As displayed in the box above. Training bodyparts 2-3 x a week has been shown to be more beneficial than training each body part once per week. You won’t get this frequency doing Push Pull Legs only 4 x per week. In this case I’d recommend using an Upper Body/Lower Body workout split instead. (Or a full body routine, if you can train only 2-3 x per week)

Can I Change the Routine?

It depends – If you’re a beginner, then absolutely not. Unless for injury or medical reasons.

In all of my experience as a trainer and helping newbies at the gym, one of the biggest reasons I see for lack of progress, is that they are more intuitive and/or emotional about their training.

“I want bigger arms!”

“I want bigger pecs mainly”

This is fine and everybody’s individual training goals should be respected, however, I find this tends to have newbies making some bizarre training decisions like spending an entire session on four different types of bicep exercises or doing a crap ton more training volume and smashing every single angle of their “upper inner chest”.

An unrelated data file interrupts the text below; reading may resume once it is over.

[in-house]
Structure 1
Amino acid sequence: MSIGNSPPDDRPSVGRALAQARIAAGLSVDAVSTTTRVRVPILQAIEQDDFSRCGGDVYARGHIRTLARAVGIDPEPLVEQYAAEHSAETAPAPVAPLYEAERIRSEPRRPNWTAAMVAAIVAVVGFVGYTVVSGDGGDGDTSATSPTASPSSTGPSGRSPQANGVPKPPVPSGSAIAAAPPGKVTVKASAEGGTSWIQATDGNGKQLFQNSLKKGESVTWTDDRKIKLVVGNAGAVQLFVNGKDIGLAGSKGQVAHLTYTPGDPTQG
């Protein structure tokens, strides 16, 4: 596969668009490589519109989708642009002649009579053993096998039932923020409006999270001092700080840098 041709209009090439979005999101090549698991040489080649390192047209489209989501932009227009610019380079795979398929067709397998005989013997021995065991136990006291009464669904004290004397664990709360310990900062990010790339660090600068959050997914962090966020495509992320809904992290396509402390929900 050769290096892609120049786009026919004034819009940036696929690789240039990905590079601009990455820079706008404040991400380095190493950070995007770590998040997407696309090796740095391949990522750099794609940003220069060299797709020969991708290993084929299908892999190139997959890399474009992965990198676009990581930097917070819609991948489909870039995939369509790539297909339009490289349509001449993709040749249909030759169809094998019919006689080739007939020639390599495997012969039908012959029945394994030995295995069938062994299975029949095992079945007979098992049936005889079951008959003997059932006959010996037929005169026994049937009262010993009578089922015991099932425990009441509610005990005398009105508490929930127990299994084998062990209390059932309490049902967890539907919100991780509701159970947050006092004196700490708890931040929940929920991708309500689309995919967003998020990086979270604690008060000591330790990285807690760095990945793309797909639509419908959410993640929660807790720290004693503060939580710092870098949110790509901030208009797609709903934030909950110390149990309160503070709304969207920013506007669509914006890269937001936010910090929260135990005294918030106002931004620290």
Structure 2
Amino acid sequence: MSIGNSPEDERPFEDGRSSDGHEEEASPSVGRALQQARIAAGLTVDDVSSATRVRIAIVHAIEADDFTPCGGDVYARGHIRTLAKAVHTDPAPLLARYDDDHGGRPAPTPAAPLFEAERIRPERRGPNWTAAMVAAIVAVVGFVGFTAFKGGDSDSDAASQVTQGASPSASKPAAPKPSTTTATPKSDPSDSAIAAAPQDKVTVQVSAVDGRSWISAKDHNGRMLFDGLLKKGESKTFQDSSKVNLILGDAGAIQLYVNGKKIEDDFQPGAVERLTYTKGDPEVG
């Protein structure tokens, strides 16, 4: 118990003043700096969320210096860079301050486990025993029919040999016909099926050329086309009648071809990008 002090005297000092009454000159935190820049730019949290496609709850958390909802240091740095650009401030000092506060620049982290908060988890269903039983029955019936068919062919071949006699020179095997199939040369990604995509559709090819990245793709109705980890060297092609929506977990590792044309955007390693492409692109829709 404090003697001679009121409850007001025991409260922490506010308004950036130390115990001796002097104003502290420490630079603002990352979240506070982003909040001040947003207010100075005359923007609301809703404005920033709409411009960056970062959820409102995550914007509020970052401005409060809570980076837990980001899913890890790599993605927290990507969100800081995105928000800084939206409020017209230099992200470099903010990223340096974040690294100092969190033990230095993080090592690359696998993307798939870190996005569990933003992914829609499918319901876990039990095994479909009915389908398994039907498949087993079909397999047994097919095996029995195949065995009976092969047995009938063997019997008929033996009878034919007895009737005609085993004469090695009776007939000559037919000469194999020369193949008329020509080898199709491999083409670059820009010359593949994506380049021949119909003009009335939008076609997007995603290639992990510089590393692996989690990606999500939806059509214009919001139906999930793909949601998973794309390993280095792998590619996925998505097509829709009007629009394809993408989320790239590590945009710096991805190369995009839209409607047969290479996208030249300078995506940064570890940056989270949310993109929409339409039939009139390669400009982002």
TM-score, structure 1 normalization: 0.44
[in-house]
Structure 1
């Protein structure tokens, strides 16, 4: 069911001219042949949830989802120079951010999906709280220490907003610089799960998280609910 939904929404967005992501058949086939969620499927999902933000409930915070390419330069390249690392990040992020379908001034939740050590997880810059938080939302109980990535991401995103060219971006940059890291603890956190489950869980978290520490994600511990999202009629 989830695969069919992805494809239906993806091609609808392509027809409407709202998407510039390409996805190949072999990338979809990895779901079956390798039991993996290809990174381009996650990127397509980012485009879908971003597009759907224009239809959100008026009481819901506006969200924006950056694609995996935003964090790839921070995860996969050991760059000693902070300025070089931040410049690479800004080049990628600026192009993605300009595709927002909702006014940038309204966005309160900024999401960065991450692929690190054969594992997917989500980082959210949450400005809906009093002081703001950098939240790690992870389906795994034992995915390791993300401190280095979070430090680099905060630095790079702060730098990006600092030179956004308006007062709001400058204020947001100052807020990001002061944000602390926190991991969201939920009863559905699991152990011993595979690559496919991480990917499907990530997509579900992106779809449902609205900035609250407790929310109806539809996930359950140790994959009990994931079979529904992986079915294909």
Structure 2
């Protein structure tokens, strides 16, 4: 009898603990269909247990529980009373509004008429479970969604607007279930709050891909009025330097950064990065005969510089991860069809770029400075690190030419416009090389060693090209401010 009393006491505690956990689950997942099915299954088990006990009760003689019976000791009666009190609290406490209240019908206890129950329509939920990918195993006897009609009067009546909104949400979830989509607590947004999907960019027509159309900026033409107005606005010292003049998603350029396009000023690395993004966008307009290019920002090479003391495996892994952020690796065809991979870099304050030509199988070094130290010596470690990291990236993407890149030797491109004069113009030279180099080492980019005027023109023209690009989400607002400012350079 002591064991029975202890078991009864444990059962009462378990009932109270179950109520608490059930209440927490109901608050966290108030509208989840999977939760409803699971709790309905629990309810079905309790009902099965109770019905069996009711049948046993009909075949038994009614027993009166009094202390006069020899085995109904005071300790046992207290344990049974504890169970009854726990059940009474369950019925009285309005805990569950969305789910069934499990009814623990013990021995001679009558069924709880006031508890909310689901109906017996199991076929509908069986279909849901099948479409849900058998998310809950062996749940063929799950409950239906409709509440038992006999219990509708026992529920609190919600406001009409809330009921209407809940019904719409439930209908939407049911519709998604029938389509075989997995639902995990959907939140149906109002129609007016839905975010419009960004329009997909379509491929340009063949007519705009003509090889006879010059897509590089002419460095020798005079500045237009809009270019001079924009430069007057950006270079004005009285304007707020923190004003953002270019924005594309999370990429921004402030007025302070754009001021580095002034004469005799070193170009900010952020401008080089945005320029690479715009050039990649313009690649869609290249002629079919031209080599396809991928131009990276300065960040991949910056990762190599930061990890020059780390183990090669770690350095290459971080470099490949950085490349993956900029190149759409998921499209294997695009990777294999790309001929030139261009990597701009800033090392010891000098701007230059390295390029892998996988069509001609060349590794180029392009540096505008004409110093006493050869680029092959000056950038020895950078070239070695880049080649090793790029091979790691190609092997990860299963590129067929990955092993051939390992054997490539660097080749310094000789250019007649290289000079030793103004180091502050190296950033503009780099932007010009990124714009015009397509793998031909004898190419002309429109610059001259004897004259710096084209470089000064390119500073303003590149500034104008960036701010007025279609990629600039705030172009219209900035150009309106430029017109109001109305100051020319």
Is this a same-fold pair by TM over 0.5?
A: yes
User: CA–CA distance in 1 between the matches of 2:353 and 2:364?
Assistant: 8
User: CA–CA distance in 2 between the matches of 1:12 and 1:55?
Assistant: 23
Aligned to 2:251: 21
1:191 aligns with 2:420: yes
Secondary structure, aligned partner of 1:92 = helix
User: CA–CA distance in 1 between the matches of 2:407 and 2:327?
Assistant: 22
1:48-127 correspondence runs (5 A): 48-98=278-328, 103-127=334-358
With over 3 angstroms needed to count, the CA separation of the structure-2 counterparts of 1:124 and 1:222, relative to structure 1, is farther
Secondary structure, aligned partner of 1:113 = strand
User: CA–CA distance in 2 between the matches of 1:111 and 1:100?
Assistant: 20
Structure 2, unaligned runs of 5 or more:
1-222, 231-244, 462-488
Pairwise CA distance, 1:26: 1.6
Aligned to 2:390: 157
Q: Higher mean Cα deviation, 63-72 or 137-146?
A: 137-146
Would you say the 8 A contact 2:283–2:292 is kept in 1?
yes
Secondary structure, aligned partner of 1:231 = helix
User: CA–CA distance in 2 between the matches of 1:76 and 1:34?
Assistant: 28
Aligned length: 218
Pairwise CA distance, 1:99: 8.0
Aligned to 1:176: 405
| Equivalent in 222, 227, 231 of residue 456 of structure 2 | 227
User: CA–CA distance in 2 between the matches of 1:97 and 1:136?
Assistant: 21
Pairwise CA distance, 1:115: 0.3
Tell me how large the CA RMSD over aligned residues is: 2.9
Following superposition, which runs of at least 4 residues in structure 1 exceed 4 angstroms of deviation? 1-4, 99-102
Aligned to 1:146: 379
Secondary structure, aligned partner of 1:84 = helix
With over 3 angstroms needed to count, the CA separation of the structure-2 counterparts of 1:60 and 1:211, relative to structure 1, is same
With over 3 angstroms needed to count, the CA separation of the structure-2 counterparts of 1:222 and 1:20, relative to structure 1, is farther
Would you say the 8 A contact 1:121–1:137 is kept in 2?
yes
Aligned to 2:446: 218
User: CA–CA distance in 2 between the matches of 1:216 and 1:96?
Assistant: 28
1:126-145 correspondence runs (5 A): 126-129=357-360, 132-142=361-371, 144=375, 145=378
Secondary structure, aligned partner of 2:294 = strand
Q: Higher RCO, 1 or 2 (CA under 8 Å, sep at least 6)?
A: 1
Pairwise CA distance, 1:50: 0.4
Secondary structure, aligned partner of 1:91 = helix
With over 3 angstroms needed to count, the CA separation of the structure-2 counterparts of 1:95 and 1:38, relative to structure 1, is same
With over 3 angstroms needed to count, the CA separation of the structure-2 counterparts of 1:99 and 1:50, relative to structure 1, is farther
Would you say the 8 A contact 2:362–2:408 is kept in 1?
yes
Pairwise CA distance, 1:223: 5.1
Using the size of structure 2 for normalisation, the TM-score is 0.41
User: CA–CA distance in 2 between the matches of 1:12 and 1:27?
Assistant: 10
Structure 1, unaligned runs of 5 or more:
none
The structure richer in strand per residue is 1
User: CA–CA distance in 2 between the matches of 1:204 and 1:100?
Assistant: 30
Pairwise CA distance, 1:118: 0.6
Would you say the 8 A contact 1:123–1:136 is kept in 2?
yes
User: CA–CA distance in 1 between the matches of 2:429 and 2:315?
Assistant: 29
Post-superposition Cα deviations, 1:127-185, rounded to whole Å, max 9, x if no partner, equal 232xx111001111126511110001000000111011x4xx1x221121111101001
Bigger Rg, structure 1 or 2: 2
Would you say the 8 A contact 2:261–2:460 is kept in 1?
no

This is like dropping a nuke on an ant farm and will take you further away from your goal, not towards it.

Here’s some truth serum – when you’re a beginner, you don’t have “weak points”. All of your body parts are weak.

It’s going to take a good year or two of following a solid, science based programme like this workout to reveal any weak points that you may have in the future.

Don’t change a thing for at least that time frame. Follow the programme to a tee. It’s scientifically sound.

INTERMEDIATES/ADVANCED

You may exchange certain exercises for others that follow a similar movement pattern and stimulate the same bodypart(s).

You may want to add an extra set on some/all exercises to increase training volume or periodise your training with planned overreaching phases (i.e go beyond the volume normally recommended for drug free athletes, usually done by adding sets)

You may want to experiment with different set and rep ranges. Ideally sticking between the 2-6 rep range for our power exercises (the first exercise) and around 6-15 reps for all other accessory exercises. You won’t find much benefit going beyond 15 reps unless going to complete failure…and overusing failure would negatively impact the rest of your workout. Not advised.

How Long Should I Rest Between Sets?